When I’m banging on about dressing ethically and economically, a lot of people bring up the same (quite valid) point; buying organically, fairly traded clothes is expensive, and charity shops don’t always have what you want if you’re searching for something specific. My initial answer is eBay – I’ve been using it since it first launched, and so far have never not managed to find what I’m looking for (or something pretty close), but then there’s always the issue of inaccurate listings and problems with sizes – it can be pretty risky to part with your cash when you’re not sure whether it’s going to fit, and there are no refund options.
Until recently, apart from the odd shop with admirable ethical principles, the high street was a place to avoid if you were at all concerned with the environment or social responsibility; report after report of human rights abuses in factories surfaced over a matter of months, and suddenly something that had been shuffled under the carpet for years was firmly in the spotlight. Thankfully, although they’re still far from perfect, many high street brands seem to be wising up to the fact that they need to improve their CSR policies, and now have an area on their websites dedicated to everything related to the environment, manufacturing process and employees.
There are also some great resources online which offer an insight into different brands and shops; Ethical Consumer is marvelous, and well worth signing up for, while comparison site The Good Shopping Guide have published a helpful guide to the best and worst places to shop. So today, in honour of these brands getting themselves together, I’ve put together an extra special Sunday Style extravaganza; featuring three sets of clothes which all get the ethical green light, won’t break the bank, and most importantly, can be sent back for a refund if they don’t fit. Hurrah!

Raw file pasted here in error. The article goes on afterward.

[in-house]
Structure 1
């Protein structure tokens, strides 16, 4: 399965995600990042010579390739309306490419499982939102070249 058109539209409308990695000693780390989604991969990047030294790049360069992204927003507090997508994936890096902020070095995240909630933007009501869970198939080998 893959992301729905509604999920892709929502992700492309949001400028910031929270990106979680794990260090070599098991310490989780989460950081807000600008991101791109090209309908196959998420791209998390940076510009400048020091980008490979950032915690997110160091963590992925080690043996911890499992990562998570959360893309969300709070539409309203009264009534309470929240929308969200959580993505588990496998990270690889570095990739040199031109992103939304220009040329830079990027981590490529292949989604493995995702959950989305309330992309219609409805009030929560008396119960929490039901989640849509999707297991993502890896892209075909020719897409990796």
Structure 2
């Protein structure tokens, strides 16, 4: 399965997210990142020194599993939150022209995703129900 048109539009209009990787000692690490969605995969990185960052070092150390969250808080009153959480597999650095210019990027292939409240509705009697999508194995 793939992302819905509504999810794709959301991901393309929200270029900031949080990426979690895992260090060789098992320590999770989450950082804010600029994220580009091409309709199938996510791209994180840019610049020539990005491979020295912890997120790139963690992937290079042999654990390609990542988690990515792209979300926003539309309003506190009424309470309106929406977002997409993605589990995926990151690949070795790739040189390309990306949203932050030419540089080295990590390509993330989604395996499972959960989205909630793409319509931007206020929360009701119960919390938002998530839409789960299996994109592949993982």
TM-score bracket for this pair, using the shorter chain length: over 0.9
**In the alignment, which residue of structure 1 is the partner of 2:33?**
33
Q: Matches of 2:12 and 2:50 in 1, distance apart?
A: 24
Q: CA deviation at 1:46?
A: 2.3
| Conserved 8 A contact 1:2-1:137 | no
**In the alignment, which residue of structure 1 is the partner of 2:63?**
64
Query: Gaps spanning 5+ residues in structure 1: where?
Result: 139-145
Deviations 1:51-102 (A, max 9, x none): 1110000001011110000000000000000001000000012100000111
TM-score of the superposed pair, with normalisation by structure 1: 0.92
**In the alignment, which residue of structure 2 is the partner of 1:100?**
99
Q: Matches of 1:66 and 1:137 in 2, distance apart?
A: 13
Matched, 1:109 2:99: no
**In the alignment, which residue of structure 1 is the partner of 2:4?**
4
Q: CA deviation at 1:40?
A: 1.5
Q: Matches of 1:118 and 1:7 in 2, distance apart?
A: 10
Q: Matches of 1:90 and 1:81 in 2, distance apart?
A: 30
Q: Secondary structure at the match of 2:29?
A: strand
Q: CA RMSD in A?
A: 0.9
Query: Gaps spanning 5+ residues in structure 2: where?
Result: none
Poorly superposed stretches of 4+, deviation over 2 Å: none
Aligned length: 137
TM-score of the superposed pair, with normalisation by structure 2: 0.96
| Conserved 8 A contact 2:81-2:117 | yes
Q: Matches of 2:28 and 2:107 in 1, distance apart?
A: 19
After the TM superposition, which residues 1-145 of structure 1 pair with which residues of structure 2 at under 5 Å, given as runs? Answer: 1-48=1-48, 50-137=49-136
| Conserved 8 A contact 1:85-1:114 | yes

The first set is from ASOS Green Room; if you’ve never ventured into this part of the website, you’re missing out – made up of both ethical brands, such as ASOS Africa and Tatty Devine, and reclaimed vintage clothes, it features all the wonderful diversity that ASOS is known for, but with a little extra ethical friendliness. Can’t be bad! (That velvet vintage reclaimed dress in the bottom right hand corner is just £18, reduced from £45 I snapped one up while they had my size!)
The second set features pieces from the H&M Conscious collection; not quite as eclectic as the others, but good for eco-friendly basics. The jersey tops are made from organic cotton, and they also have several lovely lyocell pieces; a soft fabric made from wood pulp. Clever!
The last set is from the only high street shop to make it into the green light section of the Good Shopping Guide ethical rankings – and you’re probably going to be surprised that it’s made up of pieces from…. New Look. I almost fell off my chair when I saw that they’d scored an impressive 78 out of 100 in the ethical company index – way higher than Marks and Spencer, and even Monsoon and Accessorize (who have an amazing set of CSR policies on their website, and even a charity foundation). Good stuff!